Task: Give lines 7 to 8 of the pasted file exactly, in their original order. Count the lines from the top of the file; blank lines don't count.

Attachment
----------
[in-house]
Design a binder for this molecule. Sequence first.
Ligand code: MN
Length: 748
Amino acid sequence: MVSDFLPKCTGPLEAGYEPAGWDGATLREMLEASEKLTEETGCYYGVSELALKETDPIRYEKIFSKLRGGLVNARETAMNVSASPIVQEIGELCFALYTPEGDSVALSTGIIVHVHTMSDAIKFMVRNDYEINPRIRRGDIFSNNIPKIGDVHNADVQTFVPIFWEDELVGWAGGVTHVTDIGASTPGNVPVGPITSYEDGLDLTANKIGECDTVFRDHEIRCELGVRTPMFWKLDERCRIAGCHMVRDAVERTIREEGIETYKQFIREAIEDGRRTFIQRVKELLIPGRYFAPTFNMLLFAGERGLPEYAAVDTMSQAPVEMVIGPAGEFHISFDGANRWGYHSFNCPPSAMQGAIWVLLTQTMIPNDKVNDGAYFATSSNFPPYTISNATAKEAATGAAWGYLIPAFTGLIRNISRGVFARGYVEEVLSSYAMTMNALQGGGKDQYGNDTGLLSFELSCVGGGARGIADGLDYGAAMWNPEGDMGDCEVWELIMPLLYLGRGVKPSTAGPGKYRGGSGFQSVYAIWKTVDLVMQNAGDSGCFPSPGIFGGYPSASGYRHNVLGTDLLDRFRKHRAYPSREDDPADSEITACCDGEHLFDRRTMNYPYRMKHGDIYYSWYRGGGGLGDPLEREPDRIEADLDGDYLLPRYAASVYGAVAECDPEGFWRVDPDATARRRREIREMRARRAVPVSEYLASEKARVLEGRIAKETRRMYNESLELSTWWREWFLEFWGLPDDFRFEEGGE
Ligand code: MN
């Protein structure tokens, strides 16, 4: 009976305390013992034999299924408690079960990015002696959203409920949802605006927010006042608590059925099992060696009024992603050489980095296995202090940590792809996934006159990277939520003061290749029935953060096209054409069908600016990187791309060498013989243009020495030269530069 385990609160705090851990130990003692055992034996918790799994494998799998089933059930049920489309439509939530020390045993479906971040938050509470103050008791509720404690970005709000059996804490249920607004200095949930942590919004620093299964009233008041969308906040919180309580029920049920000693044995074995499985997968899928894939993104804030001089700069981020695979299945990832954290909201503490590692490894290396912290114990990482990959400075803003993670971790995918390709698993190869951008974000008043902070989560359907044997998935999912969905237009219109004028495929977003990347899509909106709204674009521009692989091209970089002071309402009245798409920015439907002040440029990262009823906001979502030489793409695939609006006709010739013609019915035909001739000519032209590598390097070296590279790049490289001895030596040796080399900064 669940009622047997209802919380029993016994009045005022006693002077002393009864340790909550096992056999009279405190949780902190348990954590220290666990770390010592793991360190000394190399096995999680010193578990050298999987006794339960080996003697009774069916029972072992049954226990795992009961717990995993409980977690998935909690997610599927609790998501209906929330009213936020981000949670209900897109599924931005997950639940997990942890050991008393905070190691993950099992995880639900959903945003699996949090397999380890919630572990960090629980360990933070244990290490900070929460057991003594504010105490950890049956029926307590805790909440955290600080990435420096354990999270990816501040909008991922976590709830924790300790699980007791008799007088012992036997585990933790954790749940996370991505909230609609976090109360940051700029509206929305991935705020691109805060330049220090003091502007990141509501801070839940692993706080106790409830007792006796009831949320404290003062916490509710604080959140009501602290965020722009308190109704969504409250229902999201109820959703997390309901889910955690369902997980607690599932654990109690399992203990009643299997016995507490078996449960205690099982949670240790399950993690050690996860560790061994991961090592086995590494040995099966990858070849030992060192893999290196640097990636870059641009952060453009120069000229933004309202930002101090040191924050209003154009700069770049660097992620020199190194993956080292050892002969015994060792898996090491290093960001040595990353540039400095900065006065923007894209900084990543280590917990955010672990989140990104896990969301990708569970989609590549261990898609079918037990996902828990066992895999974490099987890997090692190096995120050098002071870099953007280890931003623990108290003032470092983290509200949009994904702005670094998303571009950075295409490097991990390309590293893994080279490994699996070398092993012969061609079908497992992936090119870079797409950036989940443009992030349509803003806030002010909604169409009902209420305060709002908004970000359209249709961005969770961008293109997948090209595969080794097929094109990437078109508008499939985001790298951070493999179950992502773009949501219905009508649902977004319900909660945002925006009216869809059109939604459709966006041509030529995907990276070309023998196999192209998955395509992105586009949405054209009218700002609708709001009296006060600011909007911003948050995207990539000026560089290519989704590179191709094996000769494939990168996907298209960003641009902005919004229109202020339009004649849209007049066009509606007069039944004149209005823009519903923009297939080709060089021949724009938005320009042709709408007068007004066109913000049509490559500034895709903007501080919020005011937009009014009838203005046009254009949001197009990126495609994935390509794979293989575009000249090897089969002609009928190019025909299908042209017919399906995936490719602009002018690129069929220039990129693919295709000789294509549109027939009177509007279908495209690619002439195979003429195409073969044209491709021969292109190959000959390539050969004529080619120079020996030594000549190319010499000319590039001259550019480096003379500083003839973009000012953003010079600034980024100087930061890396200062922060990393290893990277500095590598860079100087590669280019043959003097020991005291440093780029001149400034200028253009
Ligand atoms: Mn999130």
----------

């Protein structure tokens, strides 16, 4: 009976305390013992034999299924408690079960990015002696959203409920949802605006927010006042608590059925099992060696009024992603050489980095296995202090940590792809996934006159990277939520003061290749029935953060096209054409069908600016990187791309060498013989243009020495030269530069 385990609160705090851990130990003692055992034996918790799994494998799998089933059930049920489309439509939530020390045993479906971040938050509470103050008791509720404690970005709000059996804490249920607004200095949930942590919004620093299964009233008041969308906040919180309580029920049920000693044995074995499985997968899928894939993104804030001089700069981020695979299945990832954290909201503490590692490894290396912290114990990482990959400075803003993670971790995918390709698993190869951008974000008043902070989560359907044997998935999912969905237009219109004028495929977003990347899509909106709204674009521009692989091209970089002071309402009245798409920015439907002040440029990262009823906001979502030489793409695939609006006709010739013609019915035909001739000519032209590598390097070296590279790049490289001895030596040796080399900064 669940009622047997209802919380029993016994009045005022006693002077002393009864340790909550096992056999009279405190949780902190348990954590220290666990770390010592793991360190000394190399096995999680010193578990050298999987006794339960080996003697009774069916029972072992049954226990795992009961717990995993409980977690998935909690997610599927609790998501209906929330009213936020981000949670209900897109599924931005997950639940997990942890050991008393905070190691993950099992995880639900959903945003699996949090397999380890919630572990960090629980360990933070244990290490900070929460057991003594504010105490950890049956029926307590805790909440955290600080990435420096354990999270990816501040909008991922976590709830924790300790699980007791008799007088012992036997585990933790954790749940996370991505909230609609976090109360940051700029509206929305991935705020691109805060330049220090003091502007990141509501801070839940692993706080106790409830007792006796009831949320404290003062916490509710604080959140009501602290965020722009308190109704969504409250229902999201109820959703997390309901889910955690369902997980607690599932654990109690399992203990009643299997016995507490078996449960205690099982949670240790399950993690050690996860560790061994991961090592086995590494040995099966990858070849030992060192893999290196640097990636870059641009952060453009120069000229933004309202930002101090040191924050209003154009700069770049660097992620020199190194993956080292050892002969015994060792898996090491290093960001040595990353540039400095900065006065923007894209900084990543280590917990955010672990989140990104896990969301990708569970989609590549261990898609079918037990996902828990066992895999974490099987890997090692190096995120050098002071870099953007280890931003623990108290003032470092983290509200949009994904702005670094998303571009950075295409490097991990390309590293893994080279490994699996070398092993012969061609079908497992992936090119870079797409950036989940443009992030349509803003806030002010909604169409009902209420305060709002908004970000359209249709961005969770961008293109997948090209595969080794097929094109990437078109508008499939985001790298951070493999179950992502773009949501219905009508649902977004319900909660945002925006009216869809059109939604459709966006041509030529995907990276070309023998196999192209998955395509992105586009949405054209009218700002609708709001009296006060600011909007911003948050995207990539000026560089290519989704590179191709094996000769494939990168996907298209960003641009902005919004229109202020339009004649849209007049066009509606007069039944004149209005823009519903923009297939080709060089021949724009938005320009042709709408007068007004066109913000049509490559500034895709903007501080919020005011937009009014009838203005046009254009949001197009990126495609994935390509794979293989575009000249090897089969002609009928190019025909299908042209017919399906995936490719602009002018690129069929220039990129693919295709000789294509549109027939009177509007279908495209690619002439195979003429195409073969044209491709021969292109190959000959390539050969004529080619120079020996030594000549190319010499000319590039001259550019480096003379500083003839973009000012953003010079600034980024100087930061890396200062922060990393290893990277500095590598860079100087590669280019043959003097020991005291440093780029001149400034200028253009
Ligand atoms: Mn999130």